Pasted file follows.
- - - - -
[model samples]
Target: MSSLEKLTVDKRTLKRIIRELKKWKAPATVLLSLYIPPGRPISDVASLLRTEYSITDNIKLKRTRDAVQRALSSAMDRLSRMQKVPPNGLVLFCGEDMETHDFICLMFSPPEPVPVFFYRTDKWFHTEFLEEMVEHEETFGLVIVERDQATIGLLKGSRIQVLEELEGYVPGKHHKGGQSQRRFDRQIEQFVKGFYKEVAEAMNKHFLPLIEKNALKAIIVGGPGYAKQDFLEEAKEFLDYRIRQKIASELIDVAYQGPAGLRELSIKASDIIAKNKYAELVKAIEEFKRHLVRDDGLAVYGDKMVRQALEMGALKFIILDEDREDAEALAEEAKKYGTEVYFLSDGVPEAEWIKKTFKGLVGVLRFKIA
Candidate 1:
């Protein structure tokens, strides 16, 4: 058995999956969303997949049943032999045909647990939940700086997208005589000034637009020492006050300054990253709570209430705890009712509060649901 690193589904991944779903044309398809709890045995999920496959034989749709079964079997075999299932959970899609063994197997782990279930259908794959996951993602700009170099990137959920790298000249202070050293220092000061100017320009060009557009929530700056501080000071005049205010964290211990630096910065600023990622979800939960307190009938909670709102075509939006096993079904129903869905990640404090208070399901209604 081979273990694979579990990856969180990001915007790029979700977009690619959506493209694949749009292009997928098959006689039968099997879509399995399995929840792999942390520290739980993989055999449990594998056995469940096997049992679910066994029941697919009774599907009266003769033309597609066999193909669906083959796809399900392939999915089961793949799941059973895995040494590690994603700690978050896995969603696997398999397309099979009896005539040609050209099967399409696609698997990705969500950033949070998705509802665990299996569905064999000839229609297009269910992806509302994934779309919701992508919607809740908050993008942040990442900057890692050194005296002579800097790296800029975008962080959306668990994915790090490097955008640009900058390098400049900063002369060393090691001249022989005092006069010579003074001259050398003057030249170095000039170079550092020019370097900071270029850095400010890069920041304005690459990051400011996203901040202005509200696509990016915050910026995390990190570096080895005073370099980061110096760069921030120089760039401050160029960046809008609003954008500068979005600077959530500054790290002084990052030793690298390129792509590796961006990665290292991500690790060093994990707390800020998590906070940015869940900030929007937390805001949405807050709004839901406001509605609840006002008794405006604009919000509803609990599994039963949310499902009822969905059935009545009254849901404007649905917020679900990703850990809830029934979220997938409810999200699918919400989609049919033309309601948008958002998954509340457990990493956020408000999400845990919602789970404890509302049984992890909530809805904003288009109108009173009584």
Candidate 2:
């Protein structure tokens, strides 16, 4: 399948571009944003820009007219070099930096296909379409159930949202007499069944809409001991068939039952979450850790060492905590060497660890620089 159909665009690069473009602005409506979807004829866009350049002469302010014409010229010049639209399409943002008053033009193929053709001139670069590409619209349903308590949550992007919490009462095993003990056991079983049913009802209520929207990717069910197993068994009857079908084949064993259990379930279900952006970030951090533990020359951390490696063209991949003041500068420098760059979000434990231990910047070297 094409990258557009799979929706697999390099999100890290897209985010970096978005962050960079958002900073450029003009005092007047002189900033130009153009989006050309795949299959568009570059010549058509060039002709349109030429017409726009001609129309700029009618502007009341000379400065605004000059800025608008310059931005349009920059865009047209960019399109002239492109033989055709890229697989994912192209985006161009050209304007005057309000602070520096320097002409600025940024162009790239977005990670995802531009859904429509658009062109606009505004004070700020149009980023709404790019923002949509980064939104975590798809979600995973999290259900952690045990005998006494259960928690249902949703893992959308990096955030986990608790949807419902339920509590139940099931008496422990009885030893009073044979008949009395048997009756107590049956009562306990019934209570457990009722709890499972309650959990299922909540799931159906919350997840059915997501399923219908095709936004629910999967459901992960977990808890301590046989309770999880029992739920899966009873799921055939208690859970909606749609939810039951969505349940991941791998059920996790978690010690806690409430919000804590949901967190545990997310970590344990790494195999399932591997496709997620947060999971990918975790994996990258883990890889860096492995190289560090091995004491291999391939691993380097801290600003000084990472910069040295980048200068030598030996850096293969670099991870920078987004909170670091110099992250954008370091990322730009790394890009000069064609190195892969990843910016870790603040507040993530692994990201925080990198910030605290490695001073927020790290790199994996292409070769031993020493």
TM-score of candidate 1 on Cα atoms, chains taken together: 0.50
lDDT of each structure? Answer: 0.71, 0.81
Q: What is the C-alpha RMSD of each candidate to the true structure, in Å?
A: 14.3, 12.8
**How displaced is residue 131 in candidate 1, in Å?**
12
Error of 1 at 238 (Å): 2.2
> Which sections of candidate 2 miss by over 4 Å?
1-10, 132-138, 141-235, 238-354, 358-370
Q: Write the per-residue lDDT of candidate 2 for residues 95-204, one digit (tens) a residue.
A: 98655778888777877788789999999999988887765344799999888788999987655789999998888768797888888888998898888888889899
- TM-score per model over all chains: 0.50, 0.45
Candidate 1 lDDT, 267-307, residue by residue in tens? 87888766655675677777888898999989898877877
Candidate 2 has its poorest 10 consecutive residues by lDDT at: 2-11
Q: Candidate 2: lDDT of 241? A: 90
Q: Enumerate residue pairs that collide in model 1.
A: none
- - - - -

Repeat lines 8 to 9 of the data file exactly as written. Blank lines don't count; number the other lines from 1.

lDDT of each structure? Answer: 0.71, 0.81
Q: What is the C-alpha RMSD of each candidate to the true structure, in Å?